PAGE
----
College ‘Green Teams’ Tackle Pressing Environmental And Climate Challenges – Press Room - 鶹Ӵý State University


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College ‘Green Teams’ Tackle Pressing Environmental and Climate Challenges

鶹Ӵý hosts students from 30 universities to partner with communities, companies to solve sustainability concerns

Posted in: Homepage News, Research, Science and Technology

10 people walk on a trail that was once a rail road.
Each summer, the PSEG Institute for Sustainability Studies’ “Green Teams” help community and corporate partners solve environmental and climate challenges. Shown, a team in 2022 walks along the proposed Essex Hudson Greenway project in Kearny.

College students from 30 universities are tackling pressing environmental and climate challenges at 鶹Ӵý State University this summer as part of the PSEG Institute for Sustainability Studies’ annual “Green Teams” program. These challenges include inequalities exacerbated by climate change, notably food insecurity in Paterson, flood mitigation in Washington Township, and the impact of replacing natural sports fields with artificial turf in Verona.

“We’re thinking big, we’re thinking long term, we’re thinking locally,” said Amy Tuininga, the institute’s director during the program’s launch on May 30. “We’re thinking through an environmental justice and a social justice lens.”

Since 2016, the Green Teams program has been a platform for launching students into internships, green jobs and graduate programs. Community partners sponsor teams of undergraduates who provide research, analysis and marketing to shift corporate culture. To date, that has included 290 real-world projects, with 370 students overall assisting 50 local communities, nonprofits and national and global companies advance their sustainability projects.

For corporate and nonprofit partners, this summer’s projects will include creating a plan to influence land-use laws in Northern Jersey as part of an environmental justice initiative, evaluating the effects of greenhouse gasses and aviation and detailing how a hospital could reduce emissions by introducing a fleet of electric vehicles.

A newly funded program will send students to Kansas State University to study agricultural technology to mitigate the food security crisis.

“This is a program about solutions,” said 鶹Ӵý President Jonathan Koppell during his opening remarks to the students selected for Green Teams, donors, corporate and community partners, parents and University faculty and staff. “By generating solutions, you’re showing that all these problems that seem intractable, that seem impossible, that seem hopeless, can all be solved.”

Over the next 11 weeks, the program will introduce the 50 undergraduates to subject-matter experts, professors and leaders addressing the world’s most difficult challenges, including improving health conditions, environmental and economic risks, and the persisting impacts of climate change.

“Environmental justice has to be at the center of all of the work we do when it comes to environmental topics and issues, including climate change,” said keynote speaker Marccus Hendricks, University of Maryland associate professor of Urban Studies & Environmental Planning and director of the Stormwater Infrastructure Resilience and Justice Lab. “If it’s not, we do a disservice to the work itself and we’ll never get to where we need to be in terms of curbing the trajectory of global climate change.”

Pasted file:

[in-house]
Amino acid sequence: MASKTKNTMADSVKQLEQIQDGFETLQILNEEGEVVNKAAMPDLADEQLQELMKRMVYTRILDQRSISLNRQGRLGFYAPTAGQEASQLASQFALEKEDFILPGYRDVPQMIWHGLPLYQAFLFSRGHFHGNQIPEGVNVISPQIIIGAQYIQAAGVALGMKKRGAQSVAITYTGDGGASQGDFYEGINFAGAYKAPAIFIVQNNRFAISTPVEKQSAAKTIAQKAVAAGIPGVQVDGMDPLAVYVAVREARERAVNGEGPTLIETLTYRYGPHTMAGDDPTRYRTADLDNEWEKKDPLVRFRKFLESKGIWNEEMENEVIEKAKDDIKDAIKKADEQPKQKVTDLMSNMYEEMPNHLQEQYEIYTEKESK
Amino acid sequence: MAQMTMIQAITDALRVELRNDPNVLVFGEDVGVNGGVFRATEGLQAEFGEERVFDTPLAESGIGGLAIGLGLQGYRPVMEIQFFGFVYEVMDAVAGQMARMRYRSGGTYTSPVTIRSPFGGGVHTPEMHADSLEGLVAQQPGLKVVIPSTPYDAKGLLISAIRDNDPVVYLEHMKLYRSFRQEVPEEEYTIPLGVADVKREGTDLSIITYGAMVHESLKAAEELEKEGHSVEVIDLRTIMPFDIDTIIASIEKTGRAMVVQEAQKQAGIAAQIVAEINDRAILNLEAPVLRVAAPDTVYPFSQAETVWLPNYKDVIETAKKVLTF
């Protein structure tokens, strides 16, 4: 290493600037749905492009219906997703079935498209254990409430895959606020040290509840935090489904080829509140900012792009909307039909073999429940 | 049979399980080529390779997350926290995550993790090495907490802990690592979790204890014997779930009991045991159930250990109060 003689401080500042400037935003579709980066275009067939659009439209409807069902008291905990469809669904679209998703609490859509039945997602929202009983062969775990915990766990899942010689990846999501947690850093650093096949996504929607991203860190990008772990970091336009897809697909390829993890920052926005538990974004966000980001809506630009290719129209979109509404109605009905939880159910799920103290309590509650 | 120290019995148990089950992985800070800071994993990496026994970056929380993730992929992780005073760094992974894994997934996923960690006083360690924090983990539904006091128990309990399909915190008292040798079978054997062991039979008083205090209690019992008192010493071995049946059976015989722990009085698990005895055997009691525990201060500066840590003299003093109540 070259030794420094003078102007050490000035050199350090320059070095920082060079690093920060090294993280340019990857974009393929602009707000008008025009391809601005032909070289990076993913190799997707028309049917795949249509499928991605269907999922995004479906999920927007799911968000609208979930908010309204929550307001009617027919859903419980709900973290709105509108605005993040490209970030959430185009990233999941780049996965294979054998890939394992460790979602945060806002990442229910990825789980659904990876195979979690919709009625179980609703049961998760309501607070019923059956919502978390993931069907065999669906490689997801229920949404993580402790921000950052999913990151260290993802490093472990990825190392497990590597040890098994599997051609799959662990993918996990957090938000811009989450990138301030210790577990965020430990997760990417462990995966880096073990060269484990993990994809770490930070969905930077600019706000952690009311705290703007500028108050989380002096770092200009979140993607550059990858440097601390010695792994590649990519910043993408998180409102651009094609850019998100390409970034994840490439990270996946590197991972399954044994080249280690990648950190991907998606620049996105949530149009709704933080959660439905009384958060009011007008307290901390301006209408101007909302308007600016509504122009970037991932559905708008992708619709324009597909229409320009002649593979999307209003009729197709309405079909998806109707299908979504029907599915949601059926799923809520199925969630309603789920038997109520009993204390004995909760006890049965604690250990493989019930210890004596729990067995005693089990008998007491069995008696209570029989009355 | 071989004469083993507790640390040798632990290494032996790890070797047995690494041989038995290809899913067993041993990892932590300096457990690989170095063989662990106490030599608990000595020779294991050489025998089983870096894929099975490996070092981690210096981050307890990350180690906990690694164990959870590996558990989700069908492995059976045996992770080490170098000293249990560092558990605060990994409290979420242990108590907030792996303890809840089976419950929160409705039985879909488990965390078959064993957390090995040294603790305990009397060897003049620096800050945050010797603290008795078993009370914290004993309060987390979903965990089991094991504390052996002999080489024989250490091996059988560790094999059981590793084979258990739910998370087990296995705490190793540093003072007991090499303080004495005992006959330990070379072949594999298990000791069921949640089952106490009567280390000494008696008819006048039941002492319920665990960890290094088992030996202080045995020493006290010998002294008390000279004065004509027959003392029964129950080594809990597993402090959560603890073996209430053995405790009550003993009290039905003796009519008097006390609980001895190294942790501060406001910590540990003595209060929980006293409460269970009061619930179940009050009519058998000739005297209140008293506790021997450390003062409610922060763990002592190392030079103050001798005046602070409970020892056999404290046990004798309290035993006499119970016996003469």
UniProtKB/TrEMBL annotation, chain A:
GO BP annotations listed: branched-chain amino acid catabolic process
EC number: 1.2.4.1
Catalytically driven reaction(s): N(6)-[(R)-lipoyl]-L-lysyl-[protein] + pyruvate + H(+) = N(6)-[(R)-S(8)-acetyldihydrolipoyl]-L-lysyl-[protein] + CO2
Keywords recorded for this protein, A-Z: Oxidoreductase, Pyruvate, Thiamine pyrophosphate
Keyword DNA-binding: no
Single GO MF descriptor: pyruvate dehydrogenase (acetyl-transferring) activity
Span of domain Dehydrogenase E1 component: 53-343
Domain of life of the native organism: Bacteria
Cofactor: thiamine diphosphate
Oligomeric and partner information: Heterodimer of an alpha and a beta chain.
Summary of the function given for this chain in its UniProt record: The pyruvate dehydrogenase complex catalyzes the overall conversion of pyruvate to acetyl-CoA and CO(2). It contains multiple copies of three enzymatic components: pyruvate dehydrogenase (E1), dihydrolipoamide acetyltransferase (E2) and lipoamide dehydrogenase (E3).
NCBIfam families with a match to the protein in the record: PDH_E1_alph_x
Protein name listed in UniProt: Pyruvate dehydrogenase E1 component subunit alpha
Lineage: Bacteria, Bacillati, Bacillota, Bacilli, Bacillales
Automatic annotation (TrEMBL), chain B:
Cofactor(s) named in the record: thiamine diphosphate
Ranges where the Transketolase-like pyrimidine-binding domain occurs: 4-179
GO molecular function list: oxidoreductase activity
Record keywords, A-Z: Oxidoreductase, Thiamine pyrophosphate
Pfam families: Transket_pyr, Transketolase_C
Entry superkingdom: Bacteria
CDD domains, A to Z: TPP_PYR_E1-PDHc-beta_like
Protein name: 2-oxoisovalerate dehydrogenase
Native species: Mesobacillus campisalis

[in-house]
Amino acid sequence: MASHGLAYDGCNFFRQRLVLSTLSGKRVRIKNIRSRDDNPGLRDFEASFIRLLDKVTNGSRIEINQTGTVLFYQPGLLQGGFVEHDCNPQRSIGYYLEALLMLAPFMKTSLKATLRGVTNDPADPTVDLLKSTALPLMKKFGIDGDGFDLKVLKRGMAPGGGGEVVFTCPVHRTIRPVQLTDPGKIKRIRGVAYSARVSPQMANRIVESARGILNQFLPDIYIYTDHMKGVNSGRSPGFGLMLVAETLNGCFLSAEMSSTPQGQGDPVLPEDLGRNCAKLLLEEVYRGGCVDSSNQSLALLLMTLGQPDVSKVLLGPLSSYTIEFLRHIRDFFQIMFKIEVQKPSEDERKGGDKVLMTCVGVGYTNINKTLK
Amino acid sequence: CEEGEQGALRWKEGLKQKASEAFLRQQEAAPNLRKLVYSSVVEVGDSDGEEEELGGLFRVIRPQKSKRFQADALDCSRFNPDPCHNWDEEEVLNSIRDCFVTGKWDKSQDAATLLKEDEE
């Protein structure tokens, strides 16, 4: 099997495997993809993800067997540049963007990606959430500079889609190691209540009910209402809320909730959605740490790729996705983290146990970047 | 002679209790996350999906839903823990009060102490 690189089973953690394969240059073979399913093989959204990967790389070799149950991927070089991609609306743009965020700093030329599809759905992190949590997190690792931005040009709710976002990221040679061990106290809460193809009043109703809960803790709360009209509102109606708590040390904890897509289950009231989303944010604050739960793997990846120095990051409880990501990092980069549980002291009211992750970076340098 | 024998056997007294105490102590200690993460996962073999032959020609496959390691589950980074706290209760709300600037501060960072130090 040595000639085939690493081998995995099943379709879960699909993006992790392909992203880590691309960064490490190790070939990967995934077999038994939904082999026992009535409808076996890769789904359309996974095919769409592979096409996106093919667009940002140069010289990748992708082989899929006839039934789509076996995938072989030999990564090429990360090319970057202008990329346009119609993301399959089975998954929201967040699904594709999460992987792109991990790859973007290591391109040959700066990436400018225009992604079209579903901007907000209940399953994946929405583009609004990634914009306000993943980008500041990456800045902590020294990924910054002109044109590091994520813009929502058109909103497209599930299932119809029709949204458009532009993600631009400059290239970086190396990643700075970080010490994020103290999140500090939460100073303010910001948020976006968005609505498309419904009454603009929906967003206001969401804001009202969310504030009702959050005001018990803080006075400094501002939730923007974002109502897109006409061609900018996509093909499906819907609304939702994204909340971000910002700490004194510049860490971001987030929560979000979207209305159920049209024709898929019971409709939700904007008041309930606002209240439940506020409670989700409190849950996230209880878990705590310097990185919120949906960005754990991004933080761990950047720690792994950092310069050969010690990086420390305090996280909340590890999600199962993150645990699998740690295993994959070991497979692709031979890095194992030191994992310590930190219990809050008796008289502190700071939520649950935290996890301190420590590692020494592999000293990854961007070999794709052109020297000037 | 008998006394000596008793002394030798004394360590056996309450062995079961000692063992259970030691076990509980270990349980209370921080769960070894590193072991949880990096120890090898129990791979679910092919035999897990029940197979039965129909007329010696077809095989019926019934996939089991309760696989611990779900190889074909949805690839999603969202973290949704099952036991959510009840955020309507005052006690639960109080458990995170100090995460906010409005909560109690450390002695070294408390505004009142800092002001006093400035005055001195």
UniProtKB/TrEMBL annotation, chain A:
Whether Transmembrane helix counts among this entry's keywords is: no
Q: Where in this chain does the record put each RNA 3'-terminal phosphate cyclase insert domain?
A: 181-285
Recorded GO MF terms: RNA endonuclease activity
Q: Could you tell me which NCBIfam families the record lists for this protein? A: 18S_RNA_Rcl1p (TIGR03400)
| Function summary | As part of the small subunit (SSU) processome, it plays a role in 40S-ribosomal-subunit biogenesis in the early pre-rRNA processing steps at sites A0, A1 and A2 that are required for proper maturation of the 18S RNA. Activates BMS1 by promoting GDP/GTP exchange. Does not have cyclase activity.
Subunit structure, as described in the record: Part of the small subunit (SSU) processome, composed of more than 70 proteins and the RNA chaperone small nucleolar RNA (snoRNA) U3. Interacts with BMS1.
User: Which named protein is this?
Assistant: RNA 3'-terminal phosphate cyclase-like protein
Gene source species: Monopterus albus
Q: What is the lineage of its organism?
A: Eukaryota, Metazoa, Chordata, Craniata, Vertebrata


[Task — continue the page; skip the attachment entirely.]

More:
The undergraduates bring a variety of perspectives, coming from 40 different academic programs at colleges throughout the country, including historic Black and Hispanic-serving institutions. Final presentations of their work will take place on August 7.

Christiana Zenner, Fordham University professor of Fresh Waters, Environmental Values and Ethics, encouraged the students to think about goals they hope to achieve, both for the project they’ve been assigned and for the world they perceive. “What kind of civic and corporate responsibility do you want to encourage?” she asked.

The Green Teams are supported by corporate foundations and federal sources, including the PSEG Foundation, Constellation, the National Science Foundation, U.S. Department of Agriculture and NASA. To learn more about Green Teams, visit PSEG Institute for Sustainability Studies.

The program is part of a comprehensive summer schedule of learning experiences at 鶹Ӵý State University. In the coming weeks, hundreds of high school students will learn about college life as part of the Hispanic Student College Institute and expanded Pre-College Summer Programs (which offers a variety of courses, including animation, acting, cybersecurity, sportscasting, pre-medical professions and Wall Street investing). Additionally, incoming freshmen will get a head start on earning credits through the Summer Bridge Scholars Program and the Educational Opportunity Fund’s Summer Academy.

Story by Staff Writer Marilyn Joyce Lehren. Photo by University Photographer Mike Peters.

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